Opensignal data shows that average 5G download speeds in the U.S. have been getting faster and faster, driven by operators that are able to use new mid-band spectrum for 5G, for example T-Mobile’s push with its 2.5 GHz band deployments. These results help to explain why the C-band spectrum is important for boosting 5G mobile experience in the US. In fact, in our latest U.S. 5G Experience report we observed how T-Mobile had seen its 5G Download Speed increase further compared to previous reports, while Verizon and AT&T’s scores had remained virtually unchanged. As AT&T and Verizon are now in the process of deploying their C-band spectrum, we expect to see further improvements in our users’ average 5G download speeds across the U.S.
Looking now at how 5G download speeds have changed across the 50 U.S. states in the past six months, our 5G users in 44 states on average observed an improvement of 27 Mbps (36.6%) to their average 5G Download Speed, ranging from 6.1 Mbps (13.2%) in Maine to 54.2 Mbps (62.2%) in Illinois. In six states we saw no statistical change in the 5G Download Speed: Alaska, Montana, Nebraska, North Dakota, South Dakota and Vermont, all of which featured in the lower third of the table for 5G Download Speed, with the fastest score seen in South Dakota, clocking in at 69.7 Mbps.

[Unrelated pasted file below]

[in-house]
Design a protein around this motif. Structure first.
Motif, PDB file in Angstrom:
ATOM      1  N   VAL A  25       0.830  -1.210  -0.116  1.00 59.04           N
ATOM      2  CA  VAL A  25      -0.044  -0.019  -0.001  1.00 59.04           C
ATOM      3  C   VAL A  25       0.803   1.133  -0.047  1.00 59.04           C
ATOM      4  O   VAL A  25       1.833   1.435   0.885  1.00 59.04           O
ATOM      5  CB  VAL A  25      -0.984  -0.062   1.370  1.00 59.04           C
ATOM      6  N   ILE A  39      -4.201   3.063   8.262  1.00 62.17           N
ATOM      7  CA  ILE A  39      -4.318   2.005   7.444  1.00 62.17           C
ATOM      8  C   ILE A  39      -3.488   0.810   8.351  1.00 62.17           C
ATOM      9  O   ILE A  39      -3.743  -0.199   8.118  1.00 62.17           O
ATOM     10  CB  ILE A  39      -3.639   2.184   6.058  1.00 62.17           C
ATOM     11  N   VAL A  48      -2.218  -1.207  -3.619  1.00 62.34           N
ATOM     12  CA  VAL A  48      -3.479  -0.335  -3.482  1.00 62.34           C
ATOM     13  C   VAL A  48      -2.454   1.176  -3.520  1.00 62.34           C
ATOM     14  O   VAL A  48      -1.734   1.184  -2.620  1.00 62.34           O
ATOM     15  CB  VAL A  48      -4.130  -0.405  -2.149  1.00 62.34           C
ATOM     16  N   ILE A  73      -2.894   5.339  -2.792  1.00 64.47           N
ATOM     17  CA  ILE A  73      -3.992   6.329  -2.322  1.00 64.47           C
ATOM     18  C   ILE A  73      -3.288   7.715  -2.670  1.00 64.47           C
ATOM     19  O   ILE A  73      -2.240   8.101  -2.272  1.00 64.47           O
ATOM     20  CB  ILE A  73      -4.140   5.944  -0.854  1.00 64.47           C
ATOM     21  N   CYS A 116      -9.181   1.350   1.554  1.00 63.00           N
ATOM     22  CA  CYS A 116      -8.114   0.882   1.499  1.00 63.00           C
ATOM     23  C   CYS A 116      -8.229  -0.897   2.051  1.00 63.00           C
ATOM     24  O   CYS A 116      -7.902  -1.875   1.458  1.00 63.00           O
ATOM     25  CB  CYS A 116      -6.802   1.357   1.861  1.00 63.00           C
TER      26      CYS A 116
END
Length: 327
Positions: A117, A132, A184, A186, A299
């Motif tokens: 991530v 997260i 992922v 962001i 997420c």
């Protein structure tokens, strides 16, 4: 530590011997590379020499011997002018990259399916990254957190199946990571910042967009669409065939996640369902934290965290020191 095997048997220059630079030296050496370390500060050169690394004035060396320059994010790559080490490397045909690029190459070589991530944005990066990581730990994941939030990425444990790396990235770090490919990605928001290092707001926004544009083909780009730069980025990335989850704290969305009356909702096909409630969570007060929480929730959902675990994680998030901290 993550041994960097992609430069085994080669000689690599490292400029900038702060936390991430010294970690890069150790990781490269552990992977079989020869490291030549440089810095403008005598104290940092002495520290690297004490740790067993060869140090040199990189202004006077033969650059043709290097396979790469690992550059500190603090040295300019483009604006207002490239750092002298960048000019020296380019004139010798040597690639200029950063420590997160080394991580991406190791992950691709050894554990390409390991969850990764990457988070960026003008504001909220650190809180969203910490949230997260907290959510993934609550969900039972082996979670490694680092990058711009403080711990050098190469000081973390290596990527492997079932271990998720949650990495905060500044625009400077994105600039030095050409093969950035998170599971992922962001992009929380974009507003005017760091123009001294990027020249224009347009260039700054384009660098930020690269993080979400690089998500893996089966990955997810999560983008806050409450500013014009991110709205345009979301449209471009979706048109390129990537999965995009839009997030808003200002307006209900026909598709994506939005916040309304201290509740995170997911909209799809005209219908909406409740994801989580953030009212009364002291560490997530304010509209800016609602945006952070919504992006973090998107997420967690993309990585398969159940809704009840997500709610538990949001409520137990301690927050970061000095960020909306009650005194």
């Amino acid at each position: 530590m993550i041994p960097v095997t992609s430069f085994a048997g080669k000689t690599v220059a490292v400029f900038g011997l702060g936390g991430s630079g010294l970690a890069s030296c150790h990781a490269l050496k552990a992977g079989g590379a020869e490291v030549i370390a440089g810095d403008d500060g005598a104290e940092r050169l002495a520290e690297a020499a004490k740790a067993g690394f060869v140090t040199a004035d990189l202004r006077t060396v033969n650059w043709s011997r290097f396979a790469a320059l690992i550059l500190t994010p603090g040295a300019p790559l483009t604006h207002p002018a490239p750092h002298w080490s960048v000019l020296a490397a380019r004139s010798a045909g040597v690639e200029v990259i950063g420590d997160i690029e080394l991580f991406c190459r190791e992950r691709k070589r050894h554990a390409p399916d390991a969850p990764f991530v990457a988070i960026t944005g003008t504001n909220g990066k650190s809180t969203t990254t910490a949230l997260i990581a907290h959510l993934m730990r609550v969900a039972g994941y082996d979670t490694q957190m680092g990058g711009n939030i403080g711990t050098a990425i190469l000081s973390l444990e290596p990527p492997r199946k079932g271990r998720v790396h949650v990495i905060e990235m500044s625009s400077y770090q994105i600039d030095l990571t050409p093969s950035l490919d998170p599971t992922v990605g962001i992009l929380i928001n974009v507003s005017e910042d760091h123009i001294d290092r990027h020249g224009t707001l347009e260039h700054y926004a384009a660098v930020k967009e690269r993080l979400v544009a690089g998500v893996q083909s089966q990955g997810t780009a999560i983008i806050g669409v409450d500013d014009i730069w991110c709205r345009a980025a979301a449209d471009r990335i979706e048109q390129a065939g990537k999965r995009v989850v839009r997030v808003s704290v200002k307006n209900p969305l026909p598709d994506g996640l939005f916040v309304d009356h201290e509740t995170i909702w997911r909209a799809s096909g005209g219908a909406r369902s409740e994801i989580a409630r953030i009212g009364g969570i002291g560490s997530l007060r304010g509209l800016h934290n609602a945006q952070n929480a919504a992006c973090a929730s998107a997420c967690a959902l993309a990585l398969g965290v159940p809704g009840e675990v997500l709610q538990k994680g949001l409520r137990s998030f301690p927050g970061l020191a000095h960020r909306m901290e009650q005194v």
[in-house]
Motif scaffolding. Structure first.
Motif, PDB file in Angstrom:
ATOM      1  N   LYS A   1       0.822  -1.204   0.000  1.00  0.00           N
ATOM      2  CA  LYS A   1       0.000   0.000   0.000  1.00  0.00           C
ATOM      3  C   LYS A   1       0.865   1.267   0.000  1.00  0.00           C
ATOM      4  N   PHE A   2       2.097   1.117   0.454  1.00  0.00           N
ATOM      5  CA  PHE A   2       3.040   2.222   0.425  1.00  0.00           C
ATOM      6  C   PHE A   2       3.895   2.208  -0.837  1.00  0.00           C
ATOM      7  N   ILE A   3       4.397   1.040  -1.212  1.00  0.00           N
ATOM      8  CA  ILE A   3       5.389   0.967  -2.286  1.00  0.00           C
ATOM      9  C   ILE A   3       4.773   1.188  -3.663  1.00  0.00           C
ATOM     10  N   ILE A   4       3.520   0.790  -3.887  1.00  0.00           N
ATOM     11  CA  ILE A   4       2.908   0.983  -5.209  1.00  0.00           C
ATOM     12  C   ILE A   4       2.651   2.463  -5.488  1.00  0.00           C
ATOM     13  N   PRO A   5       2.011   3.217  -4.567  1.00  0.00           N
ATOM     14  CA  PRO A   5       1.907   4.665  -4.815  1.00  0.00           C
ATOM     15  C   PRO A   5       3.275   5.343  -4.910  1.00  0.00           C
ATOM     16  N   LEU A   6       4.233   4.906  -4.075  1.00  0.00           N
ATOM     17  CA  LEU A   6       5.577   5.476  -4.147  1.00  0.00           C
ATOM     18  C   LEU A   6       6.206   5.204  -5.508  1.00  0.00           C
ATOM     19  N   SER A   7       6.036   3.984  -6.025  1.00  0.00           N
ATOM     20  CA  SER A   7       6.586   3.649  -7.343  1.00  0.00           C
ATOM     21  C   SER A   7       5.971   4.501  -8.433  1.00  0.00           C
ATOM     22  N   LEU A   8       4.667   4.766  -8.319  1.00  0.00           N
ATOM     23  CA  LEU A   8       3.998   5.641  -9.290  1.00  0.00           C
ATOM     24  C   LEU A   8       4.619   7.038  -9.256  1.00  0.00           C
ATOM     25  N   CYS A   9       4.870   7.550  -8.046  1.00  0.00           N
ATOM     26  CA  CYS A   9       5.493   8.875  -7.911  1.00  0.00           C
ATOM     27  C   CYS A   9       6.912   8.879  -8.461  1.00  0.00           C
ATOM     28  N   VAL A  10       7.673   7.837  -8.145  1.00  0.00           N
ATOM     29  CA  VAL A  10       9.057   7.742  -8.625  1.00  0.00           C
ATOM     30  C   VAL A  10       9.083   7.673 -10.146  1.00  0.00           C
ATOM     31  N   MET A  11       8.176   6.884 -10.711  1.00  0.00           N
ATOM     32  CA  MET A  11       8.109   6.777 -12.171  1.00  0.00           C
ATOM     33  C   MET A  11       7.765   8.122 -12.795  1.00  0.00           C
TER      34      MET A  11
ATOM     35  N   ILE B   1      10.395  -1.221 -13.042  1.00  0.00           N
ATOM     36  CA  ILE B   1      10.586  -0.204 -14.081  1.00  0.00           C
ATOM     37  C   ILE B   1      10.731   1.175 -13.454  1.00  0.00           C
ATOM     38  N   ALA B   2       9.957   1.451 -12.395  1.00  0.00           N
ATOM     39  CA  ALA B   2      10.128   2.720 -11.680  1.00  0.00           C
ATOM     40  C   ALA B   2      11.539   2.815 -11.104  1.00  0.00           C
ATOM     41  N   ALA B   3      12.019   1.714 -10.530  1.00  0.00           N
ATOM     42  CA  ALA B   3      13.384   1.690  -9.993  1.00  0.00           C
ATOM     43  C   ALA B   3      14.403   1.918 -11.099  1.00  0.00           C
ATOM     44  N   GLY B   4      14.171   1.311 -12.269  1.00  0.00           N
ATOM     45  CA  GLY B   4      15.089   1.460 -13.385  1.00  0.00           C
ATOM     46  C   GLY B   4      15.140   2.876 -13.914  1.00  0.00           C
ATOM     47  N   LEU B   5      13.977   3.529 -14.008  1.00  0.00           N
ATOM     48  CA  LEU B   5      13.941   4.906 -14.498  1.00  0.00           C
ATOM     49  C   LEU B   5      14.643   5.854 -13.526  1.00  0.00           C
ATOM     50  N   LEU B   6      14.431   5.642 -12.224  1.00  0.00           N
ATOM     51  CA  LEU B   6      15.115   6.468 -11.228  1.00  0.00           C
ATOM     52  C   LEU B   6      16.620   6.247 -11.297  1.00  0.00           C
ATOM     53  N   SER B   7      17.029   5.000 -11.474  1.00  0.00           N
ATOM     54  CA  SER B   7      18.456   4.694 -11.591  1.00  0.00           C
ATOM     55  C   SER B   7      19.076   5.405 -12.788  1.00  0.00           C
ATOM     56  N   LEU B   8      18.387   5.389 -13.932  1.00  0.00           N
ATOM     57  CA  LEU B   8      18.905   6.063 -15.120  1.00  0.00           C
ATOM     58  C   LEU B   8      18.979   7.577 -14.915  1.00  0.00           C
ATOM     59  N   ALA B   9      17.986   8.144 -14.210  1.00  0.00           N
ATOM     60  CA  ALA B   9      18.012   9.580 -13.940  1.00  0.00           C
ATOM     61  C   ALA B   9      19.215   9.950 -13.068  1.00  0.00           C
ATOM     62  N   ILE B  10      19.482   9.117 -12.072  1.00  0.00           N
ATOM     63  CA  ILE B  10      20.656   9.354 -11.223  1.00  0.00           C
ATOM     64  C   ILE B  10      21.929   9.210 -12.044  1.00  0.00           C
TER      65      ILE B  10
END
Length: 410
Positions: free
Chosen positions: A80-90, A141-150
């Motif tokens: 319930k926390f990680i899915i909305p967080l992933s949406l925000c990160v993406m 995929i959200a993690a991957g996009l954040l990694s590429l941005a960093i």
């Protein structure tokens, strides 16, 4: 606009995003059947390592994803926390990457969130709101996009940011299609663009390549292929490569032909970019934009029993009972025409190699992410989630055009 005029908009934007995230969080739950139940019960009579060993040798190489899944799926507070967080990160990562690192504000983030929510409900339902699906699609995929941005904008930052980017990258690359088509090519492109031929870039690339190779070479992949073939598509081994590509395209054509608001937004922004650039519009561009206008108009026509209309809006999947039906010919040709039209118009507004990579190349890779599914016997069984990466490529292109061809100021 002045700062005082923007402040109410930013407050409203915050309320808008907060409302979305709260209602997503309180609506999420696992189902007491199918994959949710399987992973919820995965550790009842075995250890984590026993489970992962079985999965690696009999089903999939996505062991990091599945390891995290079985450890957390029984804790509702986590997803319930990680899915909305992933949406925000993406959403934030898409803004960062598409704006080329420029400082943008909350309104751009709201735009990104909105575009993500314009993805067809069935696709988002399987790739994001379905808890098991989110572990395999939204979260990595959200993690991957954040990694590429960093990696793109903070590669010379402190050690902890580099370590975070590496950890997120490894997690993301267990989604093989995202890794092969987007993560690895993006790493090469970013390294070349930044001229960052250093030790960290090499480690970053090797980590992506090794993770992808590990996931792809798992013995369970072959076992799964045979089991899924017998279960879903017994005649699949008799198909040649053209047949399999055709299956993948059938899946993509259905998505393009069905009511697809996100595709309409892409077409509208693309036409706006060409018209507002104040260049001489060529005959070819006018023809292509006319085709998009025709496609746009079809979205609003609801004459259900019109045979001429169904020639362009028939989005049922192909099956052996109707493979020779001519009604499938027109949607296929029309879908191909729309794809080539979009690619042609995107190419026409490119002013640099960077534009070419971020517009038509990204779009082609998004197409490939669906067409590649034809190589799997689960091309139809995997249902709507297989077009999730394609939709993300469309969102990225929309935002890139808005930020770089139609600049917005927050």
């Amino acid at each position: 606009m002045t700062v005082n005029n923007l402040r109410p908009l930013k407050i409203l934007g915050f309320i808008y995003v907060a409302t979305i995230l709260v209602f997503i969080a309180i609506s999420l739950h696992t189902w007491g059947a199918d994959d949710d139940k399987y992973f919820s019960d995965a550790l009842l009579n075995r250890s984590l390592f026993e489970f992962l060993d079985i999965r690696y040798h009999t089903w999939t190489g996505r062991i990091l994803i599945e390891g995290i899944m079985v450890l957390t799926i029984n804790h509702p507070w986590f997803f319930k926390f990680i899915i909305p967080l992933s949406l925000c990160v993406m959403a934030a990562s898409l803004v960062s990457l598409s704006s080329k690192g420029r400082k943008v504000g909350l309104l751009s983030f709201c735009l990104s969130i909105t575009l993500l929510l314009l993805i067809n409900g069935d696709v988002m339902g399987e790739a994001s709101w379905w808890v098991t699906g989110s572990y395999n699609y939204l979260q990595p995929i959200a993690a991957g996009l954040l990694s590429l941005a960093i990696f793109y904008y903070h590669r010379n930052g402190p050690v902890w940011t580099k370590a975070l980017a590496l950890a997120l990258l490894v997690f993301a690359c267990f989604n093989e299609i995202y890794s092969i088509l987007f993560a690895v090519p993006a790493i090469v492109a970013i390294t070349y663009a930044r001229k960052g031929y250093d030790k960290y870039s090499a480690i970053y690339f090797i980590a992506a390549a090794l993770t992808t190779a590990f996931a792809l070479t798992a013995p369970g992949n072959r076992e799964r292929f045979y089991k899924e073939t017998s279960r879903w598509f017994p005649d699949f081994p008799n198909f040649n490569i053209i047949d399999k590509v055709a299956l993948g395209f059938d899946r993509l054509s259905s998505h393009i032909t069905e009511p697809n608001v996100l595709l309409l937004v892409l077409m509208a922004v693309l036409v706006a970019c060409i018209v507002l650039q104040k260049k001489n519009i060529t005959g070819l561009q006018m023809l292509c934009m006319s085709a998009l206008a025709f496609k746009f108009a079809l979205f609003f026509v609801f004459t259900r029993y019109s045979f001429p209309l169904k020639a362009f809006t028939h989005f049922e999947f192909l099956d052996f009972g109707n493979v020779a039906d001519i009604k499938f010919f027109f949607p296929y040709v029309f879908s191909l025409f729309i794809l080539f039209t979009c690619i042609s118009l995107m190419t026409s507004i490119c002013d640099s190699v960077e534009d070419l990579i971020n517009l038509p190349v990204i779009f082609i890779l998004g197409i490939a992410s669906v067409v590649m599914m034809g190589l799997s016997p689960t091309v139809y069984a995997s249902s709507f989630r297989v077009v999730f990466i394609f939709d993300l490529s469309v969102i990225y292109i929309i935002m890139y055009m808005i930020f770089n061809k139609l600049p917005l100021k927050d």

5G reaches more U.S. locations than ever before
Out of all the 5G metrics, it was in 5G Reach that we counted the greatest number of states improving their scores compared to the previous report. 5G Reach quantifies the proportion of locations where 5G users saw 5G services. In fact, our 5G users saw 5G Reach scores increase in all U.S. states, except for Hawaii, North Dakota and Vermont. This shows that U.S. carriers are making strides with 5G deployments, serving more and more locations with 5G.